Cottage Gardens, by Philip Edinger and the Editors of Sunset Books
During the Middle Ages cottage gardens developed for very practical reasons. Peasants had some land near the pathways to their hovels and needed to grow some edibles and medicinal plants that could be the difference between starving and merely a difficult life and so over time certain assemblages of plants came to be associated with cottages and the space around them. Over time, of course, changing fashions and the addition of new hybrids and more exotic plants as well as the gentrification of the cottage garden when rural living became popular in the 19th century for elites seeking to escape the city turned what was originally a very practical matter into something that was done for aesthetic reasons. Despite my black thumb, I am no stranger to reading excellent gardening books , and this book is certainly a worthwhile one whether or not one is fond of the tangled and complicated history of the cottage garden and how what was once a lowly but necessary type of garden became something associated with class and prestige, once all of the peasants had been kicked off of the land and forced into grimy cities or exiled abroad and the countryside became a place of pastoral fantasies for the well-heeled.
This reasonably short book of a bit more than 100 full-sized pages, many of them with glorious full-color photographs of cottage garden plants in bloom, is divided into several sections. The first chapter discusses the history of the cottage garden and its essence and variety. After that the author talks about the adaptability of the cottage garden based on climate and then how one plans a cottage garden either from scratch or using effective designs with the author helpfully provides. After this the author gives a series of annuals, biennials, perennials, shrubs, vines, and trees that work in a cottage garden with descriptions and photos. After this the author provides some discussion about herbs, ornamental grasses, fruits and vegetables, and roses that complete a cottage garden. The author then closes with a discussion of the details and accessories that add charm to a cottage garden (like pathways, fences, gates, arbors, trellises, seats, bird feeders, and so on) as well as provides a look at the climate map of the United States when the book was published as well as an index.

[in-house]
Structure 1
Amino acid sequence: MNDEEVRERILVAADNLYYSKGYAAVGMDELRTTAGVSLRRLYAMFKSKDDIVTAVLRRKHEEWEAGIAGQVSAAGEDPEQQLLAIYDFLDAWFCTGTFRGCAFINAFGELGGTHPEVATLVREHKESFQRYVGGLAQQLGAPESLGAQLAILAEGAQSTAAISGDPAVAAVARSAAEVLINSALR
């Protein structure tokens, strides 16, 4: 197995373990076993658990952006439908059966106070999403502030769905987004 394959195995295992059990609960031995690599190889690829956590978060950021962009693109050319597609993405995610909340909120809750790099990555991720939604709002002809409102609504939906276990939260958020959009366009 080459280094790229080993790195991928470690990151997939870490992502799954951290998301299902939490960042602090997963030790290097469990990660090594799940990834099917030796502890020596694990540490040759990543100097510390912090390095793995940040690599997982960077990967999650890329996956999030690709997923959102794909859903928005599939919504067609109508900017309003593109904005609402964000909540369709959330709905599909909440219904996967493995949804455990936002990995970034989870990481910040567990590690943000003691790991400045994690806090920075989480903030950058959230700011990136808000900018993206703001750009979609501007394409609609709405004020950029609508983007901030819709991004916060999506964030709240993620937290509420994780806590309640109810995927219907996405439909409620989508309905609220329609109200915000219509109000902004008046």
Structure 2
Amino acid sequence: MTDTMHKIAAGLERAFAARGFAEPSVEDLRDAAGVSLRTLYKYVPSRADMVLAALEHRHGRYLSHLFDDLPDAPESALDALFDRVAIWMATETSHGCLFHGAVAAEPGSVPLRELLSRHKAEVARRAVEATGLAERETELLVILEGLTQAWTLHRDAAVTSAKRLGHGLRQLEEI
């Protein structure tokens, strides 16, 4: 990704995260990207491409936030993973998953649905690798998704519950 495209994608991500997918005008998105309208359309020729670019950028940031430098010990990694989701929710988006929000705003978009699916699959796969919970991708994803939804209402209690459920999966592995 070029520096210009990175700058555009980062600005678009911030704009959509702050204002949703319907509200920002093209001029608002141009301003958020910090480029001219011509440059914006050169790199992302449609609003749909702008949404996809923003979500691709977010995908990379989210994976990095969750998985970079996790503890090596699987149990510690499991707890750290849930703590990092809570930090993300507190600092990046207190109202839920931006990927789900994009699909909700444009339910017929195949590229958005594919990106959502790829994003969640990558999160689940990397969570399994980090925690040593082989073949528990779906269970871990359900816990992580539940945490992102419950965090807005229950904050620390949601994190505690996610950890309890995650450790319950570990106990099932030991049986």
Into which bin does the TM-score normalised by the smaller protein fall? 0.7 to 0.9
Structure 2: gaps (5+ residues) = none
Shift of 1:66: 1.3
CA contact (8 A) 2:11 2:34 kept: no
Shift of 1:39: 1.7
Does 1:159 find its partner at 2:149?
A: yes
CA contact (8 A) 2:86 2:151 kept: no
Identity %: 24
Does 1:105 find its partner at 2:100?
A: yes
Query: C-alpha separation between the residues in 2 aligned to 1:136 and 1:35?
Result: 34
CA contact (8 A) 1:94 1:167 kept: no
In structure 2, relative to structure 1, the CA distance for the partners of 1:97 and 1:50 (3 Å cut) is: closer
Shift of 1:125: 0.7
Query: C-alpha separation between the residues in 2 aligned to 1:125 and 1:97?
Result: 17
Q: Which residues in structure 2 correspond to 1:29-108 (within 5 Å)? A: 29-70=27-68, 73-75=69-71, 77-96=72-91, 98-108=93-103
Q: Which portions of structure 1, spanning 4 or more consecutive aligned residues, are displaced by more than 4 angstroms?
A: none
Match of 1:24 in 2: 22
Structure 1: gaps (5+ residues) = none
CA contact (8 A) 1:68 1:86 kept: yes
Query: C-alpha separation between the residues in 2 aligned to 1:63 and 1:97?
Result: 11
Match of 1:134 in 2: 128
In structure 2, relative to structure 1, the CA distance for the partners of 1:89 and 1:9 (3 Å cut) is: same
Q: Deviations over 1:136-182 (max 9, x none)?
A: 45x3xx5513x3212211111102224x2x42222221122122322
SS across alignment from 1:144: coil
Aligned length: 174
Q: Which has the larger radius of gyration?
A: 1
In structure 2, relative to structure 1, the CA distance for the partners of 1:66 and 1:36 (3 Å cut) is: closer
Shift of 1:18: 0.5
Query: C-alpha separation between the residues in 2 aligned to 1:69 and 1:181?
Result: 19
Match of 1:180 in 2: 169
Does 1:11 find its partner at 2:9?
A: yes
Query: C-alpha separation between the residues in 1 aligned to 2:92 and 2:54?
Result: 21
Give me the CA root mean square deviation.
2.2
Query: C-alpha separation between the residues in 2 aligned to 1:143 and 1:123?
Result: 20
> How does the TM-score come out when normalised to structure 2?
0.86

What is it that makes a cottage garden so intriguing? For one, there is the blend between plants that have clear practical uses as edibles and other plants that are ornamentals, and still other plants that are fragrant and useful for birds and bees. For another, cottage gardens are appealing because they are meant to be low maintenance assemblages of plant life that show a certain apparent natural quality and that provide the feeling of a rustic life. These elements combine to make a cottage garden an appealing idea for those who wish to enjoy as well as share the beauty of that life with other people and the occasional worthwhile animal. The author certainly has some interesting ideas about what makes for beautiful cottage gardens and includes a large variety of plants and accessories for the reader to plan based on the area of the country they live in as well as their own ideal garden. Unsurprisingly, the author also includes some references to other books from the publisher that deal with related subjects like bird feeders to help encourage cross-pollenization when it comes to reading audiences for the publisher’s books. All in all, though, this is an enjoyable and beautiful book.
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